Video usage as a communications tool is on the rise and firms are amassing more and more knowledge and valuable content on video. The concept of a 'Corporate YouTube' has become a reality and this is about to change the way we search for and consume content while at work.
Yet, how easy is it to find this valuable content once it has been created, already viewed and archived? Not just the particular video you are looking for but the specific, spoken content within a video. Tagging and metadata is helpful yet time consuming and it is often not specific enough for an accurate search.
Imagine being able to find your favourite videos with simple key phrases or comments you heard, no matter what device you are on, be it mobile or not. Whether it is a conference, webinar, expert video or just any general 'How To' video you really liked, a speech search functionality can help you find that specific video instantly. Now let me take that context within the workplace.
A video platform which offers speech search functionality provides the technology to index the audio of all videos within a large media library and allows for any word or sentence to be searched – across thousands of hours. A phonetic search will deliver accurate results across different speakers, accents and across recordings of varying degrees of quality. This reduces the time it takes for users to not only find the particular video they are looking for but it also makes it possible for them to search for key words so that they can ultimately locate the precise section of the video containing the data they need.
Speech search can dramatically improve the way you look for information within a video and removes completely the task of combing through whole, long videos leaving you more time to focus on the business and on the task of learning and digesting the content.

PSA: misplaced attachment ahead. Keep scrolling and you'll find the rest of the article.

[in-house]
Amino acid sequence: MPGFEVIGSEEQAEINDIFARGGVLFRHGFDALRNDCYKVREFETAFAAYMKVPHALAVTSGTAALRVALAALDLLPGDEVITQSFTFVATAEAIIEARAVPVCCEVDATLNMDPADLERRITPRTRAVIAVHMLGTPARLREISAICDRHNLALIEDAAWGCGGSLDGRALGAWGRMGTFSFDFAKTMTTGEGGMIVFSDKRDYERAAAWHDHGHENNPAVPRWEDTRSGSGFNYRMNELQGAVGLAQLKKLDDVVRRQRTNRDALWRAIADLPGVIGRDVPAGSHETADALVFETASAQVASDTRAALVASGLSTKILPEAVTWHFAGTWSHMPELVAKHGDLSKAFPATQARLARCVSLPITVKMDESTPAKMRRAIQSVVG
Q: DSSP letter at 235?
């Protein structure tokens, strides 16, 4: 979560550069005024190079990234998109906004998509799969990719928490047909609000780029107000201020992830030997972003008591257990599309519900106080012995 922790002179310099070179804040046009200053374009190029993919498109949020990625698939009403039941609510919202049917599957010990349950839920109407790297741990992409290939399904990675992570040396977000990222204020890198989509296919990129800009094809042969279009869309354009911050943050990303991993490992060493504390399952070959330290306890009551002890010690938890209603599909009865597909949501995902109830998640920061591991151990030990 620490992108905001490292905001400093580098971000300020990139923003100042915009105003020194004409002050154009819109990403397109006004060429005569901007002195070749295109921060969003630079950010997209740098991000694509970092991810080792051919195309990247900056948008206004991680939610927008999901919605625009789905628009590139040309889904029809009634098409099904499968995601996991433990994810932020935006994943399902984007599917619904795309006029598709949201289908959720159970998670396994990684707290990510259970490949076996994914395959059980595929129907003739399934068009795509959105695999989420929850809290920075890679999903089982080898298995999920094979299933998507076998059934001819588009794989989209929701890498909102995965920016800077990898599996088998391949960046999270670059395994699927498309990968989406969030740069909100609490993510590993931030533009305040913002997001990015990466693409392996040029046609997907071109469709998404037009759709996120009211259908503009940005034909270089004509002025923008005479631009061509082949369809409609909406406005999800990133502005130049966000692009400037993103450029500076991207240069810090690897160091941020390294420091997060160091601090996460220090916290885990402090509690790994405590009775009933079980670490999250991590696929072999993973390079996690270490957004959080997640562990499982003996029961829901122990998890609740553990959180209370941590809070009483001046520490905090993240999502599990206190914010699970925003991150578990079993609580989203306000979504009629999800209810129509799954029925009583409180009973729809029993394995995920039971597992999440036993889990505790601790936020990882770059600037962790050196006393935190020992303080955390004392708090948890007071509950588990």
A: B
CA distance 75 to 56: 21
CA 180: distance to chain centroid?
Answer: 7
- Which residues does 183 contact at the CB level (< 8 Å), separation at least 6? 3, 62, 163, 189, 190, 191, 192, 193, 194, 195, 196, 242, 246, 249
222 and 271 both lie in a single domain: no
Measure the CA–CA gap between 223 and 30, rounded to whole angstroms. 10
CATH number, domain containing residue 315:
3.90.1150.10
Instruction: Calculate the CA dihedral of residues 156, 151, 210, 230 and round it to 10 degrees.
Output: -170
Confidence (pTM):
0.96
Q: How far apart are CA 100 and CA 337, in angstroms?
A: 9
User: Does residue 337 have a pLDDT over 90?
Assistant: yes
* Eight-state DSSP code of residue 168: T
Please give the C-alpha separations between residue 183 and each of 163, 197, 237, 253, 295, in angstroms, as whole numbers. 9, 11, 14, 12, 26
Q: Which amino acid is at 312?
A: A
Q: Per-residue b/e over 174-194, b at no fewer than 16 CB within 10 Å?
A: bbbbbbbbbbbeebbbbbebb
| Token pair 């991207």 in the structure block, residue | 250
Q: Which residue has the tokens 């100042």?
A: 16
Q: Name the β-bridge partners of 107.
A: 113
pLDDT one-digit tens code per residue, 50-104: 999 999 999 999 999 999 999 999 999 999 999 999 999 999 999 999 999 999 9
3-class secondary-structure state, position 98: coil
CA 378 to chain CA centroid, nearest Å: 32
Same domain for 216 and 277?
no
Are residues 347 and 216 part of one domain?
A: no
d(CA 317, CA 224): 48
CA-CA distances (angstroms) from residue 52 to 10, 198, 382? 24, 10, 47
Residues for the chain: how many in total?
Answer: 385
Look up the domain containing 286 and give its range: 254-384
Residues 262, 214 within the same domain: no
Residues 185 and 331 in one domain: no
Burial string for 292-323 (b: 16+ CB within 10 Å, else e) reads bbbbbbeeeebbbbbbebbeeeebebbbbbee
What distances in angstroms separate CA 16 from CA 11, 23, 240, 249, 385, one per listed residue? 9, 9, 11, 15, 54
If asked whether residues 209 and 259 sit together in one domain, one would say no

A wholesome speech search technology should feature phonemes analysis instead of words for increased accuracy over speech to text methods. It should also allow for proper names and slang recognition to prevent individual accents to cause any confusion.
Key elements should be the capability to quickly preview results without the need to scroll through hour-long clips just to find a 1- minute topic but also the presence of confidence scores to allow you to focus only on the closest matches or to broaden your search for the inclusion of subtle variations.
Language packs should be installed to allow for multiple language search and there should also be the option to search not only single videos but series of videos so that dialogues can be found on top of spoken words.
Last but not least, speech search should be linearly scalable to support even the largest video libraries with full redundancy.
A speech search functionality can benefit organisations by making it possible for knowledge to be found – and therefore absorbed – fast but also by helping to keep content secure, managed and monitored.
In conclusion, what might in the past have taken hours of video library searching, watching and listening to find, now takes only minutes. If it is spoken, you can find it via speech search quickly and accurately.
- Martin Nurser joined Qumu in 2013 and brings more than 25 years of enterprise and technology industry experience with emphasis on engineered systems and cloud technologies. He is a leading expert in channel and strategic alliance development and management, go-to-market planning, as well as market segmentation and business strategy formulation.
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